Sunlight is just another needed nutrient, like nitrogen, phosphorus and potassium. But instead of minerals, these nutrients are colors. Plants do use more red and blue than other colors just as they use more N, K and P than other minerals. But that doesn't mean plants can live without the other colors anymore than they can live without calcium or magnesium or iron. Plants even use some green, although we have all heard forever about plants reflecting green so don't use any.

Cactus need an amazing amount of light to be happy, succulents are easier under lights. But with enough lights you can grow anything.

Life is not a journey to the grave with the intention of arriving safely in a pretty and well preserved body, but rather to skid in broadside, thoroughly used up, totally worn out, and proclaiming...."WOW What a Ride!!" -Mark Frost

President: Orchid Society of Northern Nevada
[Last edited by DaisyI - Sep 25, 2020 10:46 PM (+)]
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Name: Thijs van Soest
Tempe, AZ (Zone 9b)
Region: Arizona Enjoys or suffers hot summers Cactus and Succulents Xeriscape Adeniums Hybridizer
Plant Identifier Plant and/or Seed Trader Cat Lover Dog Lover Lover of wildlife (Black bear badge) Lover of wildlife (Raccoon badge)
Sep 25, 2020 11:58 PM CST
I think there are a lot cannabis growers who would disagree with you, Daisy, about the grow lights that have more emitters in the red and blue spectrum than compared to the full spectrum or other wavelengths, not being useful/better for plants.

You make the point yourself to some extent: it is a fact that wavelengths in the 425-450 nm (blue) and in the 600-700 nm (orange-red) are most efficiently used for the major aspects of photosynthesis by plants, that does not mean that the remaining wavelengths are useless and therefore not necessary, but what you see with a lot of the LED grow lights is that they have a larger number of red and blue emitters than full spectrum emitters. I have a couple of LED grow light bars where for every full spectrum emitter it has 2 blue emitters and 3 red emitters giving the overall light coming from them a blue-ish-red glow which, if I would have it on it the daily living spaces of the house, would be irritating and tiring for the eyes, though the plants certainly would not mind.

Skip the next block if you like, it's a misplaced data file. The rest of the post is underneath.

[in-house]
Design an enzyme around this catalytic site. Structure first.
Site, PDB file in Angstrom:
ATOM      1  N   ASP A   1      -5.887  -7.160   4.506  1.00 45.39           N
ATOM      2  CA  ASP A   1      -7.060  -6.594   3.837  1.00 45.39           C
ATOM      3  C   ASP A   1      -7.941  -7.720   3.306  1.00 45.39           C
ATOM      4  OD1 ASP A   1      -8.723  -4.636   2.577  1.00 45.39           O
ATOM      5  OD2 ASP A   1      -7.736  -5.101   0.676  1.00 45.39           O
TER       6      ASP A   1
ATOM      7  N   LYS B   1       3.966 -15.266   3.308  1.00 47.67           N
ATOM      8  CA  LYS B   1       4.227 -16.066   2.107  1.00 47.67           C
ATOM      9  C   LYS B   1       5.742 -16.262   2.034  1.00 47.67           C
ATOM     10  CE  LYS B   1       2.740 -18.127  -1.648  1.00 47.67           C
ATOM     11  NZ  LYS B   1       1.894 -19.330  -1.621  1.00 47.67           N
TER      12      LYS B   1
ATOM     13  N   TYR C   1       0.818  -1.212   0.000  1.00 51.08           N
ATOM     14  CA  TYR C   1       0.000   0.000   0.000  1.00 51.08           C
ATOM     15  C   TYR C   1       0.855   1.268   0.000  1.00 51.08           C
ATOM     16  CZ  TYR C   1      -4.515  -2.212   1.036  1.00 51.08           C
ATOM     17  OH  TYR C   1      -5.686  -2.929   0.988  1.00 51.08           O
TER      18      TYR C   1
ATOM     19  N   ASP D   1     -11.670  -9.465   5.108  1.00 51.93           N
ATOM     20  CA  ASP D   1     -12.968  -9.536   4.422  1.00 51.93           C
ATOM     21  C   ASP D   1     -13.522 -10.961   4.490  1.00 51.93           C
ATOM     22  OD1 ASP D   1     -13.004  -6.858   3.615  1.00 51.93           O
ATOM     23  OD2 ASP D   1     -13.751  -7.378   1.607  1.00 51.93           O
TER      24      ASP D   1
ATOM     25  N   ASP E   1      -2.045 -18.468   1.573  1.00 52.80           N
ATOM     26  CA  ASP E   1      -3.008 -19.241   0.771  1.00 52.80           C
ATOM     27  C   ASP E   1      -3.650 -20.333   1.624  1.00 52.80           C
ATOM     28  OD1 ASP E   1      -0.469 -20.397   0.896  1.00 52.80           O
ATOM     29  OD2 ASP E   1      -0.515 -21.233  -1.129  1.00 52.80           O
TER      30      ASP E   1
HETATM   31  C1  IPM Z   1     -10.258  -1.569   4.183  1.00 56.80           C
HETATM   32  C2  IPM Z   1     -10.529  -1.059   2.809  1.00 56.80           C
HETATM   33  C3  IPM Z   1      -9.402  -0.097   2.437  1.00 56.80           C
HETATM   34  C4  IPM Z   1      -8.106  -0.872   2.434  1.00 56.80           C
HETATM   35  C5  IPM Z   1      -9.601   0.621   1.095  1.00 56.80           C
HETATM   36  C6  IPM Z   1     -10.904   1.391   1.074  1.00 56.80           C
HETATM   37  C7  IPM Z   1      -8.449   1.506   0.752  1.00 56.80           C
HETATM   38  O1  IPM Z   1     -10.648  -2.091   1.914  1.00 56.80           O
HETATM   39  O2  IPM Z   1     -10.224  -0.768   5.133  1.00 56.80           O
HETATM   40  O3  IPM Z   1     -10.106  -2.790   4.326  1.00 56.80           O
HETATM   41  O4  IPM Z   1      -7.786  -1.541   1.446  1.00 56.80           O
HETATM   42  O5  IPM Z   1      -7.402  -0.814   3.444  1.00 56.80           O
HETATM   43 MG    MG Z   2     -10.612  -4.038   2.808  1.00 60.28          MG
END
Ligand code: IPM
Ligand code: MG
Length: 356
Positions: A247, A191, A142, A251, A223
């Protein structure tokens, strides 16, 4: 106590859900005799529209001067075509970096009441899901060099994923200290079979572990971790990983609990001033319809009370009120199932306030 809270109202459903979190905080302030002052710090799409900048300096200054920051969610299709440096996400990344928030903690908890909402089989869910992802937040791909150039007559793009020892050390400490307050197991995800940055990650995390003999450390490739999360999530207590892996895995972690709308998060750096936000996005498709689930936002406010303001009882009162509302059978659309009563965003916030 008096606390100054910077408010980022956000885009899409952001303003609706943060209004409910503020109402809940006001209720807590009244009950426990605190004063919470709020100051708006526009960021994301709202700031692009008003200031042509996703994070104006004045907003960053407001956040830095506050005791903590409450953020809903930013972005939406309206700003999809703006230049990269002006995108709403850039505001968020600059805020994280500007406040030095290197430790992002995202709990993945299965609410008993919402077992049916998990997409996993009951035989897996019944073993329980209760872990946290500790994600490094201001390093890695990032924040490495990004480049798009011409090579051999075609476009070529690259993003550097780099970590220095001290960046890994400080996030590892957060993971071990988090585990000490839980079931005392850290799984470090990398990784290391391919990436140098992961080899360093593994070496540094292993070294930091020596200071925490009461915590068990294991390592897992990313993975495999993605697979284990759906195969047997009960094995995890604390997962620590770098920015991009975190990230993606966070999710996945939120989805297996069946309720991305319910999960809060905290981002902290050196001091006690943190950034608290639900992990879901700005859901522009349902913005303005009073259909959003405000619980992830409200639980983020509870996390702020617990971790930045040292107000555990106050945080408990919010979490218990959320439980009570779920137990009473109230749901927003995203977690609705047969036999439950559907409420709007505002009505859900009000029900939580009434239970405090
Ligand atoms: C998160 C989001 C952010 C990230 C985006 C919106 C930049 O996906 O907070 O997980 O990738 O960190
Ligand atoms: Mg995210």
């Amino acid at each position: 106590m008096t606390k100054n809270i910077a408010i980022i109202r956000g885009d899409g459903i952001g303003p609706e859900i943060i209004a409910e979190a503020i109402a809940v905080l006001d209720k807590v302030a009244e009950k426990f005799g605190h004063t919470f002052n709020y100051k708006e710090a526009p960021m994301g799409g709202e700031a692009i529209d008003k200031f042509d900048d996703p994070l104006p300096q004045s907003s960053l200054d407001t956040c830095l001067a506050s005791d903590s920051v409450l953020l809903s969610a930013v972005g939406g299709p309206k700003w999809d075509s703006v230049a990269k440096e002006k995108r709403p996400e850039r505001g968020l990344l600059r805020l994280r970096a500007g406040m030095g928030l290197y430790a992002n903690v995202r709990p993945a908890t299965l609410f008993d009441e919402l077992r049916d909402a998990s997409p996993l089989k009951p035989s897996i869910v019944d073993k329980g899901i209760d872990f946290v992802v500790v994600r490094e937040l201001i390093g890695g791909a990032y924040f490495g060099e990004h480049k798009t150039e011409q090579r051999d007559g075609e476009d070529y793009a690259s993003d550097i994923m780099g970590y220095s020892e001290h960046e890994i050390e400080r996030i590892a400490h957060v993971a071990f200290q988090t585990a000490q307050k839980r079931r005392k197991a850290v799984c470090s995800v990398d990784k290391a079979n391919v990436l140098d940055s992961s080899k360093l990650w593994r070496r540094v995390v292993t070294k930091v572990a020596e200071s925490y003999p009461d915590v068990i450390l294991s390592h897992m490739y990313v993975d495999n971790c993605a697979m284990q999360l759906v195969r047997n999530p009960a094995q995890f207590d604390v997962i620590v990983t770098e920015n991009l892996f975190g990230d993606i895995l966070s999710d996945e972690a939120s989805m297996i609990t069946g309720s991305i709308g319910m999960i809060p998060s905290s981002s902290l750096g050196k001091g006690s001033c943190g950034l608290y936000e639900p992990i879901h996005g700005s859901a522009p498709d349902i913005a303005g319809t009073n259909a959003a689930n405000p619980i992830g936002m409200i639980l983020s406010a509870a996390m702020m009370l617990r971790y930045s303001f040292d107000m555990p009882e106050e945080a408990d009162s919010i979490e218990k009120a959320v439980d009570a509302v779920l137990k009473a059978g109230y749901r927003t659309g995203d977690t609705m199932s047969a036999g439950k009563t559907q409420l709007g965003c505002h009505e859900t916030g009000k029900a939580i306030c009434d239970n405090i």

I think how you should express the warning about red/blue wavelength grow lights is that you should never get a light that is just red or blue emitters, but getting a light bulb/bar that favors red and blue over full spectrum to some extent certainly is not bad for the plants, especially if that is to some extent supplemented by natural light. In the same way that some fertilizers come with more of a specific nutrient over another because it is known to be slightly more important or needed in higher concentration.
It is what it is!
Name: Daisy I
Reno, Nv (Zone 6b)
Not all who wander are lost
Garden Sages Plant Identifier
Sep 26, 2020 12:07 AM CST
Isn't that what I did say? Confused Ok, I see what you are saying....

Let me qualify: For those who might like sitting around in the purple sun, just make sure you have some full spectrum white light (natural or otherwise) in there too.

The reason strictly red/blue works for pot farmers is they only expect their crop to survive a few months, not years. The red/blue-only does encourage optimum growth but, eventually the lesser light colors are needed to sustain the life of the plant. But it takes a lot of light. Indoor growers were busted in the past because the phenomenal growth of the plants was only equaled by the phenomenal electric bill. The electric company turned them in. Rolling on the floor laughing
Life is not a journey to the grave with the intention of arriving safely in a pretty and well preserved body, but rather to skid in broadside, thoroughly used up, totally worn out, and proclaiming...."WOW What a Ride!!" -Mark Frost

President: Orchid Society of Northern Nevada
[Last edited by DaisyI - Sep 26, 2020 1:07 AM (+)]
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Name: Alice
Fort Worth (Zone 8a)
Sep 26, 2020 7:34 AM CST